Ellervik C, Vaught J. Preanalytical variables affecting the integrity of human biospecimens in biobanking. Clinical Chemistry. 2015; 61(7): 913-934. http://clinchem.aaccjnls.org/content/clinchem/61/7/914.full.pdf

The Incredible MicroRNA's

What is microRNA?

MicroRNAs (miRNAs) are a group of small non-coding RNAs that are found in tissue samples of animals, plants, and some viruses. Since the discovery of circulating and extracellular miRNAs, there has been a rapid expansion of studies on miRNAs in biofluids like cerebrospinal fluid, plasma, serum, and urine. miRNAs are similar to small interfering RNAs (siRNAs). However, miRNAs originate from RNA transcripts forming short hairpins while siRNAs are from longer parts of double-stranded RNA. miRNAs are plentiful in mammalian cells and seem to target approximately 60% of these genes. miRNAs are thought to have important biological functions as they are evolutionary conserved. A good example is where there is conservation of 90 families of miRNAs as seen in the common ancestor of fish and mammals. The majority of these conserved miRNAs have been shown to play important roles.

Roles of miRNA

miRNA plays a role in RNA silencing and gene expression as post-transcriptional regulators. Within mRNAs, miRNAs function by base-pairing with the complementary molecules causing mRNA molecules to be silenced through cleavage of mRNA strand, destabilization of mRNA, or reduced efficiency of mRNA translation by ribosomes. Despite the low numbers of miRNA, it is estimated that the miRNAs regulate approximately more than 33% of the cellular transcriptome. Therefore, it should be no surprise that the miRNAs have crucial functions in the developmental and cellular processes that have been thought to be involved in many human diseases.

Since miRNAs are relatively stable in biofluids and have a wide range of biological potential, these molecules are suited to be used as non-invasive biomarkers in diagnosis, drug safety, and pre-clinical toxicity. Many studies have proven that secreted miRNAs are involved in conditions such as organ damage, cancers, and coronary heart disease. While the exact role of circulating miRNAs is mostly unknown, they have been observed to be protected from RNAse degradation through the inclusion in membranous particles or protein complexes.



Since miRNA plays a role in the normal functioning of eukaryotic cells, miRNA dysregulation is therefore linked to disease. For example:


a)       Hereditary Diseases

  • It has been found that a mutation in the region of miR-96 results in progressive hearing loss.

  • Hereditary keratoconus with anterior polar cataract is seen in mutation in the region of miR-184.

  • Growth and skeletal defects can be seen in those with deletion of miR-17 to 92 cluster.


b)      Cancer

  • Chronic lymphocytic leukemia was one of the first human diseases that has been associated with miRNA dysregulation. Other miRNAs that have also been linked to cancer are called “oncomirs”. miRNAs are involved in pathways that are crucial in B-cell development such as B-cell receptor signaling, cell-cell interaction, B-cell migration or adhesion, and production or class-switching of immunoglobulins. They also influence the generation of marginal zone, follicular, plasma, B1, and memory B cells.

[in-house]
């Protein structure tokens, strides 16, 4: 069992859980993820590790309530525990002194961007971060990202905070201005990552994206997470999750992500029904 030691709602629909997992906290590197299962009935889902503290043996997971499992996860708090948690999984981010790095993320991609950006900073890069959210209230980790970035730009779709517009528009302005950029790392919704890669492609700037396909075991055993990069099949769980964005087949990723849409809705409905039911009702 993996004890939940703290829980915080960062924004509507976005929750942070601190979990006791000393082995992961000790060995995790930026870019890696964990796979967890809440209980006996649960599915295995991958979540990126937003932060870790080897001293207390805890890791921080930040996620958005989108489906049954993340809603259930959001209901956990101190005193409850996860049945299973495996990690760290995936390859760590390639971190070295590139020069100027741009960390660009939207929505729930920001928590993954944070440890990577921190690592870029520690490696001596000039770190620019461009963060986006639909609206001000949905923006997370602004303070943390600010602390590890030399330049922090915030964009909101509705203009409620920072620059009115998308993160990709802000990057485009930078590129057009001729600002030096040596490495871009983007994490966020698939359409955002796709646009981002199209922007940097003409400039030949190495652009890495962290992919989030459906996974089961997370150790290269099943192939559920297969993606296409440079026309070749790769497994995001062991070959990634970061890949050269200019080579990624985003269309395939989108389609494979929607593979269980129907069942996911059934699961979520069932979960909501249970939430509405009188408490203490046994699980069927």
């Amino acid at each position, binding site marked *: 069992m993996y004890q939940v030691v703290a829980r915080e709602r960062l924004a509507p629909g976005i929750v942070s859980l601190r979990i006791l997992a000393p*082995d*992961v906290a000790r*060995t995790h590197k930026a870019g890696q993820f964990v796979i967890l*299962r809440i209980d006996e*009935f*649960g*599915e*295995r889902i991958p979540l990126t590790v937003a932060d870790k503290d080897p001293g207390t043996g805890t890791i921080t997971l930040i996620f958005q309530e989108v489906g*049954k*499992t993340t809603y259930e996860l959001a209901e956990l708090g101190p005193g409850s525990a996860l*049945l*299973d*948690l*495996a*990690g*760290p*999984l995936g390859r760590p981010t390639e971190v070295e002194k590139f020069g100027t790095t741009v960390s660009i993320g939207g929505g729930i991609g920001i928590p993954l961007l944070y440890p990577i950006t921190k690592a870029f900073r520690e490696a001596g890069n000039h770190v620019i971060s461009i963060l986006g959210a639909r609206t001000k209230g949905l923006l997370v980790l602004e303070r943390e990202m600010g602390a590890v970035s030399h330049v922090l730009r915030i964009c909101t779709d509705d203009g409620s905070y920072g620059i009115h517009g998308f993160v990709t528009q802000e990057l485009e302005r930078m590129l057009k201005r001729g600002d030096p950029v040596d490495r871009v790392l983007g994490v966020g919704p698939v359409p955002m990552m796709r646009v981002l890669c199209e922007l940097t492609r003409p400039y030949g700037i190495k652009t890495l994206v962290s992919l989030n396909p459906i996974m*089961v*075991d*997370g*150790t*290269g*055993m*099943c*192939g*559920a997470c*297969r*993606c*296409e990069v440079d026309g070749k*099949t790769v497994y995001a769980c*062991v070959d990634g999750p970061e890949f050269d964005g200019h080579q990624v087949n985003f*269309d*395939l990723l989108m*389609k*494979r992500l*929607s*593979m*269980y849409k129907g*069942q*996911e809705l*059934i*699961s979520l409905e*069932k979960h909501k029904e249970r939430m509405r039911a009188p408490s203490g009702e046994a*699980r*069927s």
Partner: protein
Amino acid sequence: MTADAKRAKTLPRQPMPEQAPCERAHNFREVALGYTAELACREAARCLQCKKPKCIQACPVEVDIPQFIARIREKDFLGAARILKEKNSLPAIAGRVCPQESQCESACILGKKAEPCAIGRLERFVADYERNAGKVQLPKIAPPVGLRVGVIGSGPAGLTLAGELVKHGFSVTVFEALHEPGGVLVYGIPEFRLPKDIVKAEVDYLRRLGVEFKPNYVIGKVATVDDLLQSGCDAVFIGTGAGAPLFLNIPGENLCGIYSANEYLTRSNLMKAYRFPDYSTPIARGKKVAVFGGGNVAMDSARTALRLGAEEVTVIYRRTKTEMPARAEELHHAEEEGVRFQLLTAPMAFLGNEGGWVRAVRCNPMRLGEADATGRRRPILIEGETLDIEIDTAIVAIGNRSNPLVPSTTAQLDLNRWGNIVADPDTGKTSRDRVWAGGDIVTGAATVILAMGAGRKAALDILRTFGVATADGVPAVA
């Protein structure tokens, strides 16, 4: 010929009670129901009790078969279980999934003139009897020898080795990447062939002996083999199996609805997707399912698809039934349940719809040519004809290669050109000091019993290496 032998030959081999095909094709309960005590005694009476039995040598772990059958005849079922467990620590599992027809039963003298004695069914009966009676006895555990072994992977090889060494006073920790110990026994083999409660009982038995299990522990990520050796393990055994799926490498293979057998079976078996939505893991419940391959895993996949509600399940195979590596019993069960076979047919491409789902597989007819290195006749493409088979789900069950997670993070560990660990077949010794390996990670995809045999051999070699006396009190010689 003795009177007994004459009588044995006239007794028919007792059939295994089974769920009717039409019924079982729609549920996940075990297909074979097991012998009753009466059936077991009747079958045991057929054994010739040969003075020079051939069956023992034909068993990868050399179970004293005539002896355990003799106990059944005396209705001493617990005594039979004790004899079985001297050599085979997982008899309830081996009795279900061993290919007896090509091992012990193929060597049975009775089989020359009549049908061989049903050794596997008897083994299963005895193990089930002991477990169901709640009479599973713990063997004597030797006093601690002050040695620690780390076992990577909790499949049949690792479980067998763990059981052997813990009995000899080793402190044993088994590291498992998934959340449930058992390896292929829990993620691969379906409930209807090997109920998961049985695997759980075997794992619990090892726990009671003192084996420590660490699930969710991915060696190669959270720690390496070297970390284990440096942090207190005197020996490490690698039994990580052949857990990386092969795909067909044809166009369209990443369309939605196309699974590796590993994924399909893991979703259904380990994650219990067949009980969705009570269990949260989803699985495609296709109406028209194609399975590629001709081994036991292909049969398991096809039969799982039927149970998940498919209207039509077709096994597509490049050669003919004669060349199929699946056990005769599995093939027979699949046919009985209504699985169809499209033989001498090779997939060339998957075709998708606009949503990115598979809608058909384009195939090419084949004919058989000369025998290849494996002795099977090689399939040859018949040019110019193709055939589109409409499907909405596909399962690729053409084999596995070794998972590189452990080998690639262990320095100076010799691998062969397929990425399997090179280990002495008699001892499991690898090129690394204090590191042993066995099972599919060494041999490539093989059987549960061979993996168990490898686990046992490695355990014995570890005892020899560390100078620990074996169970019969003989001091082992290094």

• Another clinical trial is using miRNA as a screening assay for the detection of colorectal cancer in the early stages.

  • miRNAs can also be used to determine prognosis in cancers based on their expression level. For example, a study on non-small-cell lung carcinoma determined that a low level of miR-324a levels is an indication of poor prognosis. In colorectal cancer, a low level of miR-133b and high level of miR-185 is linked with metastasis resulting in poor prognosis.


c)       Heart Disease

  • Studies have found that there are specific changes in the expression levels of miRNAs in diseased hearts which points to the involvement of miRNAs in cardiomyopathies.

  • miRNAs can also be used to determine the prognosis and risk stratification of cardiovascular diseases.

  • In animal models, miRNAs have been associated with the regulation and metabolism of cholesterol.


d)      Nervous System

  • miRNAs are thought to be involved in the function and development of the nervous system.

  • Neural miRNAs such as miR-124, miR-132 and miR-134 are involved in dendritogenesis.

  • Other neural miRNAs are involved in the formation of the synapses. miR-134 and miR-138 are thought to be included in the process of synapse maturation.

  • Studies have found that conditions such as bipolar disorder, schizophrenia, anxiety disorders, and major depression have altered miRNA expression.


e)      Obesity

  • miRNAs have a vital role in the differentiation of stem cell progenitors into adipocytes. Studies have found that the expression of miRNAs 155, 221, and 222 can inhibit adipogenesis paving a possible genetic treatment for obesity.

  • miRNAs of the let-7 family was found to accumulate in tissues as aging occurs. Based on animal models, the excessive expression of let-7 class miRNAs resulted in accelerated aging, insulin resistance, and therefore increases the risk of obesity and diabetes. When let-7 was inhibited, it resulted in an increase in insulin sensitivity and resistance to high-fat-diet-induced obesity. This means the inhibition of let-7 may prevent, reverse, and cure obesity and diabetes.



Although miRNAs have great promise in the screening, diagnosis, treatment, and prevention of various pathological conditions, more research, and clinical trials will be needed in the study of miRNAs to further explore and discover the potential of miRNAs.



  1. microRNA. Wikipedia. Accessed 8/22/2018. https://en.wikipedia.org/wiki/MicroRNA#Disease

  2. Blondal T, Nielsen SJ, Baker A, et al. Assessing sample and miRNA profile quality in serum and plasma or other biofluids. Methods. 2013; 59(1): S1-S6.